Authenticity is a HUGE deal for me. It was, in fact, the inspiration behind this blog. I wanted to create a space for women to gather, leave behind perfection and pretentiousness, and be real.
So I’m going to be real with you right now, even though it is a bit difficult to do so. Please indulge me for a moment as I take you back to my childhood, for therein lies a discovery that is relevant to the future of this blog.
As a kid, I had great energy and passion for life. My mom would probably say that I was stubborn (she may have told me that a time or two), but I like to say determined.
If I wanted something, I went after it with all the intensity that I could muster. When I was eight years old and fascinated with gymnastics, I spent hours teaching myself how to do cartwheels, round-offs, backbends, back walkovers, and splits. I fell on my head more times than I could count but that did not deter me. I was sure that I was going to be the next Nadia Comăneci, even though formal lessons were not an option for me. (Too bad my 5’9” frame and size 12 feet later squashed my dream.)
Around that same time, I impulsively decided to do a backflip off the high dive at the community pool, even though I had no idea how to do it and had only ever jumped from that tall place a couple of times. I was not scared; I was resolute. I am pretty sure it ended in a belly flop, but that is beside the point. I was confident and sure of my ability to accomplish things, despite my inexperience. Nothing was going to get in my way, especially not fear.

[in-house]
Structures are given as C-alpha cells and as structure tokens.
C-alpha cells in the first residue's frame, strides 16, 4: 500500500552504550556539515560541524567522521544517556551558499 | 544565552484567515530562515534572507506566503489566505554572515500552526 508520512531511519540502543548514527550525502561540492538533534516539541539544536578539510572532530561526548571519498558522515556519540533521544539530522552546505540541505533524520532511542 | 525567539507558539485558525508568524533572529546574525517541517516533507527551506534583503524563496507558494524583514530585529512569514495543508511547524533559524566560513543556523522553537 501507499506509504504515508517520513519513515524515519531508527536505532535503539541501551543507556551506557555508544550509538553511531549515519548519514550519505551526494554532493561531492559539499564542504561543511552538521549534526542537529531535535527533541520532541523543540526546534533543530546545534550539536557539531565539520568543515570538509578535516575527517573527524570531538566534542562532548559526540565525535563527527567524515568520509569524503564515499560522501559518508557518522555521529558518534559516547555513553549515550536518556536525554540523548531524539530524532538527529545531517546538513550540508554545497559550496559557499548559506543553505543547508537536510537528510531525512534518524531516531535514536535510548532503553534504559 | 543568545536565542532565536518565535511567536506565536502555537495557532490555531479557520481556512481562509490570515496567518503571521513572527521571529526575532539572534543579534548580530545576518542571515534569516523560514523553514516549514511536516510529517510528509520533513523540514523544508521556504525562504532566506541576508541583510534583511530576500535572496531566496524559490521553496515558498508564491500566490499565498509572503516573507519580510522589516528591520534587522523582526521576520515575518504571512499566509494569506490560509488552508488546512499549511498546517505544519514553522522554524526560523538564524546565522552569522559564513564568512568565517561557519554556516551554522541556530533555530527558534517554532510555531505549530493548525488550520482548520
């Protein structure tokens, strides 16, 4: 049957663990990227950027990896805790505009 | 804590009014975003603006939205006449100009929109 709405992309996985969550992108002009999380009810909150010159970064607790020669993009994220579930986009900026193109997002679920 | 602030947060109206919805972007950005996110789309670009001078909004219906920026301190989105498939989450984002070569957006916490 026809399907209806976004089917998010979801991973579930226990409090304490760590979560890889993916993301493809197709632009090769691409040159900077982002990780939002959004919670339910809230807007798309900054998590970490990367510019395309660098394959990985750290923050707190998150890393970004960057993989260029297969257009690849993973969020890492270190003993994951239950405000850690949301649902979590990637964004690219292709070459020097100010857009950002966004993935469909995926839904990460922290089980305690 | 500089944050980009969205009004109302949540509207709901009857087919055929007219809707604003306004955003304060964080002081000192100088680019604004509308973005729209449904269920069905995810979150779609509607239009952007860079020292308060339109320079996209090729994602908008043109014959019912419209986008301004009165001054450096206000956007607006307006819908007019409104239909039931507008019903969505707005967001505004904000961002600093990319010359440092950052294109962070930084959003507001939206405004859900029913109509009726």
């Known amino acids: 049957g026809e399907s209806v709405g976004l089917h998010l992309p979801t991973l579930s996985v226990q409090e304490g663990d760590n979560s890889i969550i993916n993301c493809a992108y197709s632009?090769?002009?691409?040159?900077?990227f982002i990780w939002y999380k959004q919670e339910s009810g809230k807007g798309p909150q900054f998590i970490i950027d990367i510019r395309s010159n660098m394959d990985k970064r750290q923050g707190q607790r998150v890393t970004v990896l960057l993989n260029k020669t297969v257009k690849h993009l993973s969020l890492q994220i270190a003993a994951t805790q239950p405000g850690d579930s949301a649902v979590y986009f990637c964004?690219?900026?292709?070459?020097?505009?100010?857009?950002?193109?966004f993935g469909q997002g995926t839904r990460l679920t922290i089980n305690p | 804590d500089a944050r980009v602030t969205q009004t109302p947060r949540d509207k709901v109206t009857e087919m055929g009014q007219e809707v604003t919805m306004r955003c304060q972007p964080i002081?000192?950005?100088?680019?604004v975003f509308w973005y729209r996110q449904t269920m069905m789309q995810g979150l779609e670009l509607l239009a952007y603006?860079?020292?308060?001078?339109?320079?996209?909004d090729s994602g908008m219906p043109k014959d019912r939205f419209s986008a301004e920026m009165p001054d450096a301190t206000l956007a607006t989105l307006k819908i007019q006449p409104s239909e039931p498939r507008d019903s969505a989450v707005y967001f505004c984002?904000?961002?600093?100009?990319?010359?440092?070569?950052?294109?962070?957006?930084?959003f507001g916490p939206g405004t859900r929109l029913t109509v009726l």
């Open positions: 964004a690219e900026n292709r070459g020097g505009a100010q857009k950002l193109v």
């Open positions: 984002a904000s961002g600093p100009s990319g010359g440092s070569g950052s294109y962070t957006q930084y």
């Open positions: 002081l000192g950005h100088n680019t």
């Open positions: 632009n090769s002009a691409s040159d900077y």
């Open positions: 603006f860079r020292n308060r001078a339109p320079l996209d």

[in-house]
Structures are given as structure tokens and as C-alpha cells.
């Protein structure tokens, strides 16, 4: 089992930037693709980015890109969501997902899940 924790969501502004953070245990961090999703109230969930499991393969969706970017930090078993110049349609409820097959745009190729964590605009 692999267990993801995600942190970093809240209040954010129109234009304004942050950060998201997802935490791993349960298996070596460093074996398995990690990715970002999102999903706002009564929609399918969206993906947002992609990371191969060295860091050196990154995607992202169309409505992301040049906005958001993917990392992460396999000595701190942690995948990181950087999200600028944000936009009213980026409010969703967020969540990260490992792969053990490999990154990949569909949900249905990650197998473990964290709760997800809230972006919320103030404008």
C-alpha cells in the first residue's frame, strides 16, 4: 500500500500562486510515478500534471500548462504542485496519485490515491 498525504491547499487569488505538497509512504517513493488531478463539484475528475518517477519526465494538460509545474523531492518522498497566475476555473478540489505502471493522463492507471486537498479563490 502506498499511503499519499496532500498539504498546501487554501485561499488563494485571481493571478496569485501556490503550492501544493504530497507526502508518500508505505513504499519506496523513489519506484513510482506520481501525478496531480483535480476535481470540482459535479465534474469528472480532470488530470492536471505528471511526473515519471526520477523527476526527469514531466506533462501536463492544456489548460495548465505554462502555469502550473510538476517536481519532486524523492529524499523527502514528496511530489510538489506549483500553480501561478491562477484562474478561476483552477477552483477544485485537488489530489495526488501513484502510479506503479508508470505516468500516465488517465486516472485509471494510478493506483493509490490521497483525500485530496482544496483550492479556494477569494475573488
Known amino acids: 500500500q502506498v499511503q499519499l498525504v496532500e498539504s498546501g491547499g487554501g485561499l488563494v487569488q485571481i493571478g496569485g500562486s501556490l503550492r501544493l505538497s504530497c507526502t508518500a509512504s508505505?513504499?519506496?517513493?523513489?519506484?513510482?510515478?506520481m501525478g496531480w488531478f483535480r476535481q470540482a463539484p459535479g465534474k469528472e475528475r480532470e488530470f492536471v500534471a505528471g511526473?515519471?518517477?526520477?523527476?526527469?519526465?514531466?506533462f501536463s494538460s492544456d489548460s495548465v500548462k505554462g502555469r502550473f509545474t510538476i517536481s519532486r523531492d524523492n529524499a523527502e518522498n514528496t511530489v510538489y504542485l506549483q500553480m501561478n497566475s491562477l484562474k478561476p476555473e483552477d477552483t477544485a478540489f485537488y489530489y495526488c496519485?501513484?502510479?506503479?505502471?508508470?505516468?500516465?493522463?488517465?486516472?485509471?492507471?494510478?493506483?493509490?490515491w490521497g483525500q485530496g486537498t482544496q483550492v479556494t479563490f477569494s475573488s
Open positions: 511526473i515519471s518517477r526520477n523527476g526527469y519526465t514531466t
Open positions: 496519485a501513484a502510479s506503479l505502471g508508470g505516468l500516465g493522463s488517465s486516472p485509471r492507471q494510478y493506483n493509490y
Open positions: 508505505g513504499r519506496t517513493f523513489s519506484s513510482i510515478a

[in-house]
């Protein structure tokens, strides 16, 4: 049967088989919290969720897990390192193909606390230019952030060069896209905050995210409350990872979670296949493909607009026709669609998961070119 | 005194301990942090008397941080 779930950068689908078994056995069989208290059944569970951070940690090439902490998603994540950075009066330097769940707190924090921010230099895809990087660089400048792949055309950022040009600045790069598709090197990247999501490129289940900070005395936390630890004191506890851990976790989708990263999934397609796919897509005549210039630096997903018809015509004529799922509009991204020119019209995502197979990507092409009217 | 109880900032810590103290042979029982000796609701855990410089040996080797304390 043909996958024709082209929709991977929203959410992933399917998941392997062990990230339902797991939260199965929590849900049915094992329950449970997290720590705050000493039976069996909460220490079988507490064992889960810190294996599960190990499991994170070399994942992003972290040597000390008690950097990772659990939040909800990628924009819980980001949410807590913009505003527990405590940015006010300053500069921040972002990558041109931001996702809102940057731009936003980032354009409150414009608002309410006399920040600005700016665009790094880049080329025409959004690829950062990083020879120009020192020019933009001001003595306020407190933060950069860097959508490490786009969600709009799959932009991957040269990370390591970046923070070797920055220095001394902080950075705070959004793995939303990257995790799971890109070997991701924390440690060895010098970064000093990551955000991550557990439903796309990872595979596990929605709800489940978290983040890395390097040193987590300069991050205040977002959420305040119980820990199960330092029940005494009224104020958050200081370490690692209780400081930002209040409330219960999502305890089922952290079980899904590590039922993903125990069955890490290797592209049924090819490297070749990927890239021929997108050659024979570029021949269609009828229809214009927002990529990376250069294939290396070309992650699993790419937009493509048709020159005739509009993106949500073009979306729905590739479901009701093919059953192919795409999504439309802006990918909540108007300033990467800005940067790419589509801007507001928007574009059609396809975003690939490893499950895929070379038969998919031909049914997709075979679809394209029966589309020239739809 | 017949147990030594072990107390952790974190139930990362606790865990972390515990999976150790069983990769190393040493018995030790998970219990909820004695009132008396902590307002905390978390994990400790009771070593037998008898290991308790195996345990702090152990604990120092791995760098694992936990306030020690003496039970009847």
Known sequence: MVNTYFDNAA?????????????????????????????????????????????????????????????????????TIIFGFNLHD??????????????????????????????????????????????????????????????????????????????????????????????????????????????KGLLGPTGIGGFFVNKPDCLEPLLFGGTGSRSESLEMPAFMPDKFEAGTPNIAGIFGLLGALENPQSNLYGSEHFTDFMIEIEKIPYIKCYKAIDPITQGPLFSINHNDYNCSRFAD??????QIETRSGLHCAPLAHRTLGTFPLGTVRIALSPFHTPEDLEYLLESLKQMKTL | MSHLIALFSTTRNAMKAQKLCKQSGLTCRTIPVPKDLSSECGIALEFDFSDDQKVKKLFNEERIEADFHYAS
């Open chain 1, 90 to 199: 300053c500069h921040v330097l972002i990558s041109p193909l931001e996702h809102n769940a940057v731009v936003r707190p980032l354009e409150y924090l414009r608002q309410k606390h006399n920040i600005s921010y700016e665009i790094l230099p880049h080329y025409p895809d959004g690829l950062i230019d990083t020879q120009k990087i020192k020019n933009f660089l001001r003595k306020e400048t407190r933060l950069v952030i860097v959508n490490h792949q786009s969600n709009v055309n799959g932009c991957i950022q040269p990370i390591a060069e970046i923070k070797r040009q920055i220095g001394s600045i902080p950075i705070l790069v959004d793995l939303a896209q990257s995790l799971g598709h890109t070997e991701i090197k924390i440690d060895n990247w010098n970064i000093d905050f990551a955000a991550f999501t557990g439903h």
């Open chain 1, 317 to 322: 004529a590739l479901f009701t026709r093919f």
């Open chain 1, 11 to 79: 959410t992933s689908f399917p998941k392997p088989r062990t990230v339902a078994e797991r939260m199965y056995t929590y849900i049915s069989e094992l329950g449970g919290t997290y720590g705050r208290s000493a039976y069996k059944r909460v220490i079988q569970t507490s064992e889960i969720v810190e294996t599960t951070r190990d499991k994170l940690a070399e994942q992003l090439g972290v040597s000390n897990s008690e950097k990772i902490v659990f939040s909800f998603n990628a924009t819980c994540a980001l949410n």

The one phrase that I remember hearing over and over again in my early years was, “Slow down!” I was always in a hurry to accomplish something, always moving and pushing forward with passion and drive, and usually not willing to accept the word “No” if I had already decided on a course of action. My gut instinct was to think, “I’ll show you,” when somebody tried to discourage me; and show them I often did.
I realized very recently that somewhere along the path of growing into adulthood, I lost touch with a big part of myself. Rather than honoring the courage and fortitude that accompanied me into this world, I have spent years allowing fear to keep me from doing or saying the things that are in my heart.
Not only that, but I have rather successfully convinced myself that slowing down is the key to a fulfilling and purposeful life. But, as illustrated by my natural movement in the years before I knew any different, at my core I have never been truly satisfied with slow anything. I even struggle when I get stuck behind people who move slowly, whether on foot or in a car. I innately want to tackle life with speed and fiery determination, just like the little girl who would not give up her dream of being a gymnast, even when she had to teach herself how to get there.
For months now, I have felt persistently restless. I have not been able to explain why the stillness that used to be refreshing has felt suffocating. I have felt a deep and pressing need to understand myself because I could not explain why I felt discontent in my own skin; until now.